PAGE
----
This festival, and this venue, creates an indoor afterparty that is very different to the summer festivals of endless walking, sometimes mudding, constant standing, and random collapses on to bare spots on the high ground. Here, there are two different rooms, each a well-run nightclub, each with a massive dance floor and large seating areas with views. You can be tired from travel or work, or you can be the sort who doesn’t dance or want to stand on a dancefloor with a drink, and be at home. There is room. There are tables and chairs and places for large groups and singles to feel OK in. It all goes pitch dark eventually aside from the strobes onstage. You may lose the friends you plan to meet up with, but you are just as likely to find new ones. Security is present but will leave you utterly alone to enjoy yourself (and is always up for a friendly chat); the only intervention we see is when a punter decides to dance on tables or chairs. That’s the only rule. And as we learned this as toddlers it presents no problem.

It must be mentioned that here in Centre Stage, the centre of all life after 10pm, the room is flanked on either end with 40 foot long bars serving everything you might want. And for peak nights like this one, there are additional beer stalls set up beside the bars. The patrons drink like it’s an all-inclusive resort, here to party like any vacation, in our happy vacation mode, without the bother of weather, sunblock or excursions. You may lose your companion for an entire hour, but you will still have conversations in passing as people wait cheerfully for ages for their fix. You can see why pitchers are preferred and not at all excessive (to dance with?)

The acclaimed later night sets across the weekend will include Deja Vega, The Frank and Walters, Psyence, Audioweb, and Smoove & Turrell. These rooms are also the home of terrific long nights of legendary and younger DJs and top cover bands such as the brilliantly named Sex Pissed Dolls (who are terrific musicians and take on not only Sex Pistols but Ramones, Clash, and Blondie material with ease), The Clone Roses and The Smyths. The main comment throughout is that The Clone Roses are too good (and they are a revelation) and both the Roses and The Smyths give Friday night crowds a quality, uncut fix of so much great music that was far too short lived in the real world. In all these ways, Shiiine delivers well past the headliners with entire evenings that keep the vampire crowd entertained until 4am.

Shiiine’s headliners by and large deliver as promised and each offer something different but compatible to this weekend. The consensus is strongly favourable for Ash, Cast, Shed Seven and The Bluetones, with even the odd unplanned stage departures of singers in other main stage bands somewhat befitting the reputations of the artists who left their assigned spots. That’s Entertainment.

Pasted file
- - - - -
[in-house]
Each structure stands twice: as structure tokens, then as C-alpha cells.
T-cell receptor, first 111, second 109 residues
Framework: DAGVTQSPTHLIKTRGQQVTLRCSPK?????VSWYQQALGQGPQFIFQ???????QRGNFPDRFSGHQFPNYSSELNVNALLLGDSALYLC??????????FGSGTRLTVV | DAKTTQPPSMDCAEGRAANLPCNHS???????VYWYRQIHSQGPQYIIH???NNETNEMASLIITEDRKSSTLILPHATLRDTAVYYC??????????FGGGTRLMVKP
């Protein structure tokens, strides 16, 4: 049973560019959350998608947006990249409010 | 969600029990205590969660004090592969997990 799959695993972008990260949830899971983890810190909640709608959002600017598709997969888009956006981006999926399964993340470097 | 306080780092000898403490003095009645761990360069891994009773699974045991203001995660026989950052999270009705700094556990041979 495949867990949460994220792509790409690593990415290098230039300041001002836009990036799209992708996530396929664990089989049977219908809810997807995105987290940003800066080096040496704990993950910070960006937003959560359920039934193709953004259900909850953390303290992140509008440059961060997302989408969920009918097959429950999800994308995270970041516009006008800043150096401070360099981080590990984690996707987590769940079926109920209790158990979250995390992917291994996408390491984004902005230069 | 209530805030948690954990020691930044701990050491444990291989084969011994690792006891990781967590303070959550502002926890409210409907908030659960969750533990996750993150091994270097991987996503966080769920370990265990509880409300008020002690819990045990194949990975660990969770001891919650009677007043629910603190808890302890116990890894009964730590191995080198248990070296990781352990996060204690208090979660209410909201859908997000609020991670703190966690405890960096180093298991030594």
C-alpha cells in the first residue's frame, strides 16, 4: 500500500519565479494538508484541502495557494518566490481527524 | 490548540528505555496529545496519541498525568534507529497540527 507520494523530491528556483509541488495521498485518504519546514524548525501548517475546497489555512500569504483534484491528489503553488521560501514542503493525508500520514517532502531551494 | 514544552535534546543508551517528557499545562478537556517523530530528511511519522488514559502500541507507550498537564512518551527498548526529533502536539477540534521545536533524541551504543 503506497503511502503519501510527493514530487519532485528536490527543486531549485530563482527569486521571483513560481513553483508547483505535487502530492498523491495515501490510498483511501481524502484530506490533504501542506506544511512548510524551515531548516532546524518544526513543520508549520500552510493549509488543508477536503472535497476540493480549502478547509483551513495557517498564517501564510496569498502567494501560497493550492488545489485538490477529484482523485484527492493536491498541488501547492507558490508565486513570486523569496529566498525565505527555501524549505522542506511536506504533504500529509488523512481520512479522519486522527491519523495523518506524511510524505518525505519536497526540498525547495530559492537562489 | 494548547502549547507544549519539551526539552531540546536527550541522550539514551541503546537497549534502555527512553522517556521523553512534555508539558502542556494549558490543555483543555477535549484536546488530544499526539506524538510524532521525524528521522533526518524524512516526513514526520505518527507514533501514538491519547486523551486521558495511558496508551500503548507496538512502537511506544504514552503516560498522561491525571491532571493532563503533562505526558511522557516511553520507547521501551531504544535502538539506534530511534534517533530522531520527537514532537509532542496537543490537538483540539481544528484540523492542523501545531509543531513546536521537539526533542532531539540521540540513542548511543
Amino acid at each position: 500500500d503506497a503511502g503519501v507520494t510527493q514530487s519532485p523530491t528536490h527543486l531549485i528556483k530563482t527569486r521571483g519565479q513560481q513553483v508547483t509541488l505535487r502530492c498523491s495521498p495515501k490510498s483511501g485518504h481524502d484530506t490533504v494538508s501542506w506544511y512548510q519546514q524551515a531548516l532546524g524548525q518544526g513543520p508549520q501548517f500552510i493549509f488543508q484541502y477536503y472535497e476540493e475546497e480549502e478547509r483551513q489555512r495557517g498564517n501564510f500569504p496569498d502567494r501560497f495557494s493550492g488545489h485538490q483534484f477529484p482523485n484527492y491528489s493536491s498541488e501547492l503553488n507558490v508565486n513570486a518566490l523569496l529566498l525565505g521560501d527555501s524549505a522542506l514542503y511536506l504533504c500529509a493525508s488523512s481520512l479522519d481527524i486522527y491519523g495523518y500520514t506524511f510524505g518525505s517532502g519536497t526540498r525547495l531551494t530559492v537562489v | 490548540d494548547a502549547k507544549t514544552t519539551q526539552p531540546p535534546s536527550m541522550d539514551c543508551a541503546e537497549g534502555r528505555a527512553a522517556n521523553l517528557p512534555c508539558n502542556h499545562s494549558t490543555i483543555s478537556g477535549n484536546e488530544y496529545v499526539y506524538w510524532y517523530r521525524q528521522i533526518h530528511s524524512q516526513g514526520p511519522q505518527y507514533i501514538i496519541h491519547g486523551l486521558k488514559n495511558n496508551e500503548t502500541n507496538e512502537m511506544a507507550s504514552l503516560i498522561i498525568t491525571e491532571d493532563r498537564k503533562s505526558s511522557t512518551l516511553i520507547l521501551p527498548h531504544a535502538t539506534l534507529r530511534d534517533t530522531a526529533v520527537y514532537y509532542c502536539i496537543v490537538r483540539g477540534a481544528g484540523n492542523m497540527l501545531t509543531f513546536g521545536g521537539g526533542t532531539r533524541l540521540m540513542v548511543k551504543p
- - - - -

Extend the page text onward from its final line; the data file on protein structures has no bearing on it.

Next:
We turn the rest of our reporting to the biggest standouts and utter high points of the weekend for us.

Site Pic of Shiiine On 2016

Saturday Standouts

After seeing their stunner of a gig at Shiiine On 2015, the return of Thousand Yard Stare is highly anticipated. That first performance instantly secured a place on our top-10 list of concerts for 2015, and tonight they reach the same heights. Stephen Barnes and the lads threaten to blow the roof apart, firing off a relentless slew of guitar-driven indie rock that quickly draws in spectators and packs Centre Stage on Saturday night. Throughout the set, Barnes prowls the stage like a caged panther pointing at fans, stretching time and making it his plaything as he decides to eat an apple mid set, winning over anyone here to see other bands or DJs one by one, gaze by gaze. And wins. We are treated to massive sounding versions of 'Keepsake', 'Version of Me', personal favourite 'Comeuppance', and 'Wonderment' before the band leaves the stage with fans screaming for more. Tonight’s show marks the end of a string of UK shows on their first tour in twenty-three years. We can only hope that Thousand Yard Stare will continue with more dates and new music. And we’ve seen that they can handle any room, any crowd, any sized mass and any spot on the line-up and were always destined for greatness. They still must be seen.

Thousand Yard Stare
Cud are simply riveting. Back from last year, the mid-80s Leeds foursome have recently come out of hiatus, touring with the also reformed Ned’s Atomic Dustbin. Cud are somewhat different to most of the bands out there working today. There’s the rare and beautiful throwback punk feeling of slight danger about Carl Puttnam, who postures and uses the space in a way most singers today never do; not preening for cameras but communicating with an invisible god/demon/muse. Like Thousand Yard Stare who play before them, this band swell in Centre Stage with its perfect light, sound and walls, and shine brightly. Both had taken on early slots on the Skyline stage last year before headliners, at challenging times in the early evening, and delivered. Tonight they get the best of the crowd’s attention and are better featured, leading to wonderful results. We watch people make discoveries of this music, and fall in love. It’s really something.

A long, long night of talk follows. The best talk, where you can only hear five inches in front of you but you pass on the best bits from ear to inclined ear around the group. Music talk, talk of other gigs and festivals, future plans and remember whens, and these are people we’ve just met from another country. Because the remember whens are shared currency that are stronger than the temporal world, and thrive among those still in touch with its rhythms. Photos and films are taken, some locked away like Gollum would, others to be shared with the world. All the while live music beats on, DJs come and go, and no one in our company even threatens to leave before doors.